Remember Me: architecture, placemaking and Aboriginal identity
My first view of ‘Portrait’, the ARM Architecture-designed William Barak apartment building, wasn’t from Swanston Street where it stands, but through social media. Photos were posted optimistically, signalling a collective mood of excitement and anticipation. There was now a major building that would boldly represent a traditional owner of the land. But within the enthusiasm, complex and conflicting opinions surfaced. As a person of mixed heritage, with an Aboriginal mother and Australian/Irish father, I felt at sea in the wave of responses. The notion of an Aboriginal face on Swanston Street – the main artery of my city – appealed so greatly that I felt unsettled by the negative reactions, particularly from Aboriginal people. I shared my thoughts with a friend over coffee; the unveiling of ‘Portrait’ came up quickly. While we didn’t reach a neat conclusion, we both agreed that a 31-storey building portraying the face of an Aboriginal leader on its façade was an invitation to dialogue.
When you think about Australia’s history, the built environment may well be the ideal site for reconciliation; meaningful cross-racial encounters under the gaze of Barak. White Australia rose from the concept of terra nullius – the idea that the land belonged to no one. Urban historian Paul Fox believes that architecture played a crucial role in the development of Australia’s white-washed history. In Stretching the Australian Imagination: Melbourne as a Conservative City, he describes how colonialists built displaced images of a European world, erasing Aboriginal culture and identity. Considering this history, Portrait’s Barak is refreshing, challenging our city’s colonial beginning. The emergence of an eighty-five metre Aboriginal face gazing down Melbourne’s city centre suggests change, opening up new ways of seeing ourselves as we begin to explore our contemporary layered identity. His knowing stare seems to say, I was here first – my ancestors knew the land before it was erased underneath Robert Hoddle’s grid.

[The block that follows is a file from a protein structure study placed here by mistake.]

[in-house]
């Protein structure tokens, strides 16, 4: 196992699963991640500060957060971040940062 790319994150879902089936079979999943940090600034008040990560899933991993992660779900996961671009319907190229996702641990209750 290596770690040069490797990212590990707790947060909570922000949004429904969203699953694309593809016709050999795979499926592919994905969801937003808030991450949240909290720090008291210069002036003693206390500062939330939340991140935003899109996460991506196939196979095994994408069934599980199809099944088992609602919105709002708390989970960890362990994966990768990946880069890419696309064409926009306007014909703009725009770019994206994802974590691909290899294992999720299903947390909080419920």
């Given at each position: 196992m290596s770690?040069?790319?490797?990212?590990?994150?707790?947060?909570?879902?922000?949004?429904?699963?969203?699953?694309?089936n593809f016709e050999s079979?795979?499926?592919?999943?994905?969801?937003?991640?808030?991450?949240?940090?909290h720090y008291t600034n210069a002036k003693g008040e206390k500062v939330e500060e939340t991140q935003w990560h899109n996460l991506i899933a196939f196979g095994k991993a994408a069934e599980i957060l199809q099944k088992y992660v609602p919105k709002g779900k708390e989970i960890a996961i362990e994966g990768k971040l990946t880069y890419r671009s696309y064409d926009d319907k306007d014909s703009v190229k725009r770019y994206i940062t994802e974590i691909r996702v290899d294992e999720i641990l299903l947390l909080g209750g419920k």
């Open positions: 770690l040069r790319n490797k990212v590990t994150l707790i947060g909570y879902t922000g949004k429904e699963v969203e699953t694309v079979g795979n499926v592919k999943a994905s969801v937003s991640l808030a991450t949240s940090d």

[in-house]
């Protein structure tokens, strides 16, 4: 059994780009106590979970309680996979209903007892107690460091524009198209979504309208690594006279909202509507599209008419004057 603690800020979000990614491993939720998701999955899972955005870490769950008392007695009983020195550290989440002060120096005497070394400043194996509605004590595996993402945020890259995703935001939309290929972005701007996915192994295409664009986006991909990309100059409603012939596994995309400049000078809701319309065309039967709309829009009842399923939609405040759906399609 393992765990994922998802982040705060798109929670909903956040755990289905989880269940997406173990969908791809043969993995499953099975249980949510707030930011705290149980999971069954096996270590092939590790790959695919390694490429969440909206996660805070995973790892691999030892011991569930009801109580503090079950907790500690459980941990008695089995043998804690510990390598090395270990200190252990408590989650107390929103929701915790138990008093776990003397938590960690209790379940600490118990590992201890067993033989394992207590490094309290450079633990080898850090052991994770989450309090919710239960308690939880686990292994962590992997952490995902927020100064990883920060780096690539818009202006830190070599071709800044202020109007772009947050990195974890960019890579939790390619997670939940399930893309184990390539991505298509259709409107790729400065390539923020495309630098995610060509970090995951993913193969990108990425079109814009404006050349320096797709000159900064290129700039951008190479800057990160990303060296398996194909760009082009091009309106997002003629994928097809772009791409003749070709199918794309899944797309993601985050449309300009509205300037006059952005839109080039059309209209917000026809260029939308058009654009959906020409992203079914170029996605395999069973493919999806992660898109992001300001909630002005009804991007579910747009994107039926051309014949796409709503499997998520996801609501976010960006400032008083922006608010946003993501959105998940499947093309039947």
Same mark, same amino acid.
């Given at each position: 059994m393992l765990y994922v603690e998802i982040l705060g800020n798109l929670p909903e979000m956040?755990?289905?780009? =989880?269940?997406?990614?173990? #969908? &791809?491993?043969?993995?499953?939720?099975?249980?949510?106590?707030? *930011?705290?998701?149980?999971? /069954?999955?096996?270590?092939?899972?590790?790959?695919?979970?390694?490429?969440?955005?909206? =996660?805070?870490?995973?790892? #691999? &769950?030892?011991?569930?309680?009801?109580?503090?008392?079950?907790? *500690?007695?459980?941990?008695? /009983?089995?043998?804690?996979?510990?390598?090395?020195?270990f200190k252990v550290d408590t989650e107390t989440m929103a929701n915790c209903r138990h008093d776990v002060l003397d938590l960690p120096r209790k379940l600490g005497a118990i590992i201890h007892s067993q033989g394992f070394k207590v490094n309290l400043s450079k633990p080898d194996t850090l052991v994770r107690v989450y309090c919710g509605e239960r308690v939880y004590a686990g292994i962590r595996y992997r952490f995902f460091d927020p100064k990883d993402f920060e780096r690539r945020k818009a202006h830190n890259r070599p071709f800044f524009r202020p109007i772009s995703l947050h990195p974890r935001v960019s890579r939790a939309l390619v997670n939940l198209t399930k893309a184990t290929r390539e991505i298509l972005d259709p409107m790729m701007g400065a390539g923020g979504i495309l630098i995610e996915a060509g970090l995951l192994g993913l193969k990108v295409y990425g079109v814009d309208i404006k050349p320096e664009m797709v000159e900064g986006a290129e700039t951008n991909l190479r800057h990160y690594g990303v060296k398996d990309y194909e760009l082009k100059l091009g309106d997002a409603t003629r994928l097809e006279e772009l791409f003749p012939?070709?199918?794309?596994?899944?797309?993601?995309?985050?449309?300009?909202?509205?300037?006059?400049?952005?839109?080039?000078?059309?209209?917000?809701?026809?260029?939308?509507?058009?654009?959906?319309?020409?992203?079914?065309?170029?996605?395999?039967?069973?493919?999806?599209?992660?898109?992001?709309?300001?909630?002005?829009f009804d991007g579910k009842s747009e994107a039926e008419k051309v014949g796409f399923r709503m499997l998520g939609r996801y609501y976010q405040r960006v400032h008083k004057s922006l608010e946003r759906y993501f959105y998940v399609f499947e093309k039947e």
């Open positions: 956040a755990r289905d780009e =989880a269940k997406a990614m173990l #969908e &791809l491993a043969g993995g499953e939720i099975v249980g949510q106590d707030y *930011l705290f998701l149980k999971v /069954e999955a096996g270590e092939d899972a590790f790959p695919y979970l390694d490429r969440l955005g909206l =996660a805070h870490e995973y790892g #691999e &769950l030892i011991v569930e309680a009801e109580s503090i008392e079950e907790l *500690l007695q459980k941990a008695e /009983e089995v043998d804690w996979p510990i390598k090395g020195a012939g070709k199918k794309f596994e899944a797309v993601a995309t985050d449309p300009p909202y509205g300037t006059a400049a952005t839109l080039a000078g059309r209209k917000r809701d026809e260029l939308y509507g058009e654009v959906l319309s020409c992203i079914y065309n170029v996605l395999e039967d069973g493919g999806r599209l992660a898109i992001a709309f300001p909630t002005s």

William Barak’s arrival in the contemporary built environment destabilises the familiar, the historical and the business-as-usual; something I believe is significant. But what does it signify on a personal level for living First People? William Barak died more than a century ago in 1903; for the many Aboriginal friends I spoke to, the commemoration of a deceased elder dilutes the agency of those alive today. In a 2005 essay for the Centre for Contemporary Photography, Aboriginal writer Tony Birch argues that there is a “narrowness contained in white Australia’s construction of Indigenous culture”. Few would suggest that the story of Barak – community leader and acclaimed artist – shouldn’t be shared and celebrated. But arguably, his giant likeness could be seen to position Aboriginality as fixed, from a time now passed – narrowing perceptions of Aboriginality rather than acknowledging the strong contemporary culture that exists today.
The polarity of feelings within the design and broader community led to a public forum at Federation Square to further contextualise the building. I was eager to hear the balance of opinions: ARM’s intentions alongside the responses of Aboriginal architects and community leaders; hopeful for an entry point for myself and the wider public into a more nuanced appreciation and understanding. Howard Raggatt, co-founder of ARM and Portrait’s lead architect, spoke first, outlining the technical requirements behind the image. To him, future city dwellers and visitors to Melbourne would wonder about the story behind the imposing face staring down upon them, inviting them to investigate further – a new way of learning and understanding Aboriginal history and culture.
As the forum progressed, opinions amongst panelists and audience splintered. Blogger and Aboriginal architecture student, Linda Kennedy, confronted what she saw as the irony behind the building. Melbourne had a new yet old face to celebrate, while the lives of Aboriginals in remote Western Australian communities were under threat. Kennedy continued to critique the engagement process. Certain elders were consulted but a diversity of views was not captured. In contrast, Raggatt spoke of the emotions exchanged between his design team and the Wurundjeri elders he met during the consultation phase; the tears shared between himself and an elder. Some in the audience ridiculed his approach as paternalistic.